Harare — Energy and Power Development Minister Elias Mudzuri has ordered Zesa Holdings to stop electricity exports to Namibia until normal power generation at Hwange Power Station is restored.
Minister Mudzuri wants the deal renegotiated so that only power generated at Hwange Thermal Station is exported to Namibia.
Investigations reveal that Zesa's power station in Hwange was not operating at full throttle due to numerous challenges.
To fulfil a contractual agreement with NamPower, which sponsored refurbishment of the power plant, it was exporting to Namibia energy imported from other countries in the region.
In an interview yesterday, Minister Mudzuri said Zimbabwe was not reneging on its power obligations to Namibia under an agreement entered into between the two countries. Under the agreement, Zesa is supposed to export electricity to NamPower as payment for a US$40 million loan used to refurbish Hwange Thermal Power Station in 2007.
"We can't have a situation where we import to export. In the past, we have never stopped supplying them (Namibia) with electricity even when Hwange was down. This meant we were importing and then re-exporting and I am saying that is not proper," Minister Mudzuri said.
He said Zesa should be able to advise its Namibian counterparts when it is not in a position to supply them with electricity.
"That deal was for Hwange only and Zesa should be able to say to them 'We cannot supply you with electricity if Hwange is down'. We have to give them electricity from Hwange," he said.
Under the deal, Zesa is supposed to export 150 megawatts to Namibia as repayment of the loan for a minimum of five years.
The power utility has, however, been continuing with exports to Namibia despite the problems being encountered at Hwange, while load-shedding has also increased locally.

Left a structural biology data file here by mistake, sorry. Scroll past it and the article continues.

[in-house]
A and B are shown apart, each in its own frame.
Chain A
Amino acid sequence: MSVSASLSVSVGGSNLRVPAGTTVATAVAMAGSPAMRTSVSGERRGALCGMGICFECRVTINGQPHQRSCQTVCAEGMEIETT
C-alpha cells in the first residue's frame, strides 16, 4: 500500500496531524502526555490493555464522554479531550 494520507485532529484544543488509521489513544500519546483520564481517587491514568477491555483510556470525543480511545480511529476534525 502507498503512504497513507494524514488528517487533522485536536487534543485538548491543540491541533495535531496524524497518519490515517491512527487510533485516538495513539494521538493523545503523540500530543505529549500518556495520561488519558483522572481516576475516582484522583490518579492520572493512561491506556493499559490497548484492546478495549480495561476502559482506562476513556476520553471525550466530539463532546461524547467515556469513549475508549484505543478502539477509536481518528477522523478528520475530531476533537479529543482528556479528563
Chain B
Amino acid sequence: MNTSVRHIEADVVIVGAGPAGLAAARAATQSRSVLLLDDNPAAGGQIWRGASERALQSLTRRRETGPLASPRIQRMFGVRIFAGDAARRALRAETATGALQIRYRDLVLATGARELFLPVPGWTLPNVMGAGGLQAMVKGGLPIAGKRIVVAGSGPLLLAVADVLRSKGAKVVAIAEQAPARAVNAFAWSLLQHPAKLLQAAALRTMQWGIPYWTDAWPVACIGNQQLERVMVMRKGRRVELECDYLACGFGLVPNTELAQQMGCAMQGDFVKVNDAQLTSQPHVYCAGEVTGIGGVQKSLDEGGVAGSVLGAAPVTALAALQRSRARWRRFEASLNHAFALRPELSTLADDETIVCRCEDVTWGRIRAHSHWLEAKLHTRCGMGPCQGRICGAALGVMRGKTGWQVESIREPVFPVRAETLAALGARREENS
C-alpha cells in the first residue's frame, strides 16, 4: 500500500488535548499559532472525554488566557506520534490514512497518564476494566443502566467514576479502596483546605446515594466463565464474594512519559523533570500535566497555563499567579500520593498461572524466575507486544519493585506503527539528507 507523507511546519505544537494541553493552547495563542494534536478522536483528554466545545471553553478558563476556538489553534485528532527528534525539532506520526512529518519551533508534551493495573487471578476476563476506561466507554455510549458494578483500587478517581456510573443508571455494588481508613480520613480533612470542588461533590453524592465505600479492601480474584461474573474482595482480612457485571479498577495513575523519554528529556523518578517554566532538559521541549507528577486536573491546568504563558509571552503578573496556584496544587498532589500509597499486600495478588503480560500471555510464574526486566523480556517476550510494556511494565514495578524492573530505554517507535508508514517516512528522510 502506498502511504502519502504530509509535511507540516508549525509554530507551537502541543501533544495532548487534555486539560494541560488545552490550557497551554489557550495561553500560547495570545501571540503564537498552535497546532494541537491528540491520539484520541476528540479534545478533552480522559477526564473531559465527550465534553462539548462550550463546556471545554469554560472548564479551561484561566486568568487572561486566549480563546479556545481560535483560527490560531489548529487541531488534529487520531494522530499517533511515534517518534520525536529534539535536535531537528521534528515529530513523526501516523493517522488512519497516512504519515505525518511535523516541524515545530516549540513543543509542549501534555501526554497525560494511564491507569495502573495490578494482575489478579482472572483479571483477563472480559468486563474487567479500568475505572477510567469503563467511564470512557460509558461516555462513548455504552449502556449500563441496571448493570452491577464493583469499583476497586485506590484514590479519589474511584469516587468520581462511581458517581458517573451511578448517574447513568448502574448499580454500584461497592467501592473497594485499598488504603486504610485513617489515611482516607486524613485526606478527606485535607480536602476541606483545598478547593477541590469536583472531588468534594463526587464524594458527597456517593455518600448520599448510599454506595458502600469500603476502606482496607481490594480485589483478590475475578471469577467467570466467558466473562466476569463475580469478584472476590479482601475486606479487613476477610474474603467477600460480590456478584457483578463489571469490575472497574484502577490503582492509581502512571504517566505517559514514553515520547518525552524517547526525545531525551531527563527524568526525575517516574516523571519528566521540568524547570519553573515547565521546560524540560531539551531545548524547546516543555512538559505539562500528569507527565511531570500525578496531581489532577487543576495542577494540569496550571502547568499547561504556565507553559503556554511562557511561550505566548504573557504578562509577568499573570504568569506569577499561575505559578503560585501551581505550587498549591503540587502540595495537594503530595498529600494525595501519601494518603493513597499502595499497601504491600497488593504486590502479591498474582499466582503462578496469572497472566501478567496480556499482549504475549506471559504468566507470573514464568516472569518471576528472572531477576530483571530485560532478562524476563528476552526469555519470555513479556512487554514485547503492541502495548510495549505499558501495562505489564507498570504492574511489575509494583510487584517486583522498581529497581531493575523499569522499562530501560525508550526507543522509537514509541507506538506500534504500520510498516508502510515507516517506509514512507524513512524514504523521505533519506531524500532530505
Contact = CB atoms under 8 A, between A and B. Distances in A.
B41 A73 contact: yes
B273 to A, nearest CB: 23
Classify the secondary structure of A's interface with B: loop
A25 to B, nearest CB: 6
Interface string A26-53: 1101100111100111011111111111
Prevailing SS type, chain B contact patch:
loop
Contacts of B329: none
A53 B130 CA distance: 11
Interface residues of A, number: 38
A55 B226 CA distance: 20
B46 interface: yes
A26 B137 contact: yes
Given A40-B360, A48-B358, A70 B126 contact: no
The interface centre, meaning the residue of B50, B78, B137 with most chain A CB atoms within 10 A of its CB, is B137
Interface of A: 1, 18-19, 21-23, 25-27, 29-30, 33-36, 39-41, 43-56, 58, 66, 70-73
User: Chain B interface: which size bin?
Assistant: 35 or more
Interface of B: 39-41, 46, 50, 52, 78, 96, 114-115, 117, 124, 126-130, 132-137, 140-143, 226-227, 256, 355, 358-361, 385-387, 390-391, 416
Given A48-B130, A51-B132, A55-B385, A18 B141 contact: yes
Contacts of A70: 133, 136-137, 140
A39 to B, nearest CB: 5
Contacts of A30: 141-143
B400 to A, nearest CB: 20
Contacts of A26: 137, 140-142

The power station has not been operating at full capacity since the end of 2009 and this has resulted in increased load-shedding countrywide.
The shortfall has been offset by imports from other power utilities in the region that include Hidroelectrica de Cabora Bassa of Mozambique, SNEL in the Democratic Republic of Congo and South Africa's Eskom.
Zesa has also been crippled by non-payment of bills and is currently owed over US$200 million by its customers.
The power utility was allocated US$52,6 million in the 2010 National Budget to rehabilitate its aged infrastructure.
Zimbabwe has been facing a shortage of electricity that worsened in the past five years because of obsolete equipment and erratic coal supplies from Hwange Colliery Company.
Hwange is also operating at below capacity.
Zimbabwe requires approximately 1 900MW of electricity, but the two main power plants -- Hwange Thermal Power Station and Kariba Hydro Electric Power Station -- have been operating below capacity and are producing an average of 1 200MW, leaving a deficit of 700MW.
Hwange Power Station produces 900MW when operating at optimum capacity while Kariba produces 750MW.
Zimbabwe has signed another power deal worth US$10 million with Botswana for the refurbishment of Bulawayo Power Station.
The station has a capacity to produce 90MW and the country will export 40MW to Botswana for three years to repay the loan.
The two countries have also agreed to identify energy projects they can jointly develop.